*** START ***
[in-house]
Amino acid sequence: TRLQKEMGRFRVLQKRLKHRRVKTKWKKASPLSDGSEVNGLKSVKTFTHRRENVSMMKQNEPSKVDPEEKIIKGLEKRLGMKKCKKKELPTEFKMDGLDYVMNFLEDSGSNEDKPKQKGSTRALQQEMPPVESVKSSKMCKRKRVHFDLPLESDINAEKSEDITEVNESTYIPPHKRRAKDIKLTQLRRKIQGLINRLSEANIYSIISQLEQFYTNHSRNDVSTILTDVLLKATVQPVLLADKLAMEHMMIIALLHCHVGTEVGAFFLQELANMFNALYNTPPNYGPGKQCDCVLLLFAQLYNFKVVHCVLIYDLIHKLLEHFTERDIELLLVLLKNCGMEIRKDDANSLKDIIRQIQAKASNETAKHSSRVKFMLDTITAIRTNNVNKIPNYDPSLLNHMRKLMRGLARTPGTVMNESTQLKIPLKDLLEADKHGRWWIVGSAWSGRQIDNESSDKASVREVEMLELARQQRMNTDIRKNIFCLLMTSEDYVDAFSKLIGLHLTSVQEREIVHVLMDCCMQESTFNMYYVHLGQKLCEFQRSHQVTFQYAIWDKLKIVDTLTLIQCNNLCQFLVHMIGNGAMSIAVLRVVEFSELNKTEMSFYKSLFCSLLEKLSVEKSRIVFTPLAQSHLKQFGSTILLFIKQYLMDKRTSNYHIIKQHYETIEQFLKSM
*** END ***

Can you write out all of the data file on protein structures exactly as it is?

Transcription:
[in-house]
Amino acid sequence: TRLQKEMGRFRVLQKRLKHRRVKTKWKKASPLSDGSEVNGLKSVKTFTHRRENVSMMKQNEPSKVDPEEKIIKGLEKRLGMKKCKKKELPTEFKMDGLDYVMNFLEDSGSNEDKPKQKGSTRALQQEMPPVESVKSSKMCKRKRVHFDLPLESDINAEKSEDITEVNESTYIPPHKRRAKDIKLTQLRRKIQGLINRLSEANIYSIISQLEQFYTNHSRNDVSTILTDVLLKATVQPVLLADKLAMEHMMIIALLHCHVGTEVGAFFLQELANMFNALYNTPPNYGPGKQCDCVLLLFAQLYNFKVVHCVLIYDLIHKLLEHFTERDIELLLVLLKNCGMEIRKDDANSLKDIIRQIQAKASNETAKHSSRVKFMLDTITAIRTNNVNKIPNYDPSLLNHMRKLMRGLARTPGTVMNESTQLKIPLKDLLEADKHGRWWIVGSAWSGRQIDNESSDKASVREVEMLELARQQRMNTDIRKNIFCLLMTSEDYVDAFSKLIGLHLTSVQEREIVHVLMDCCMQESTFNMYYVHLGQKLCEFQRSHQVTFQYAIWDKLKIVDTLTLIQCNNLCQFLVHMIGNGAMSIAVLRVVEFSELNKTEMSFYKSLFCSLLEKLSVEKSRIVFTPLAQSHLKQFGSTILLFIKQYLMDKRTSNYHIIKQHYETIEQFLKSM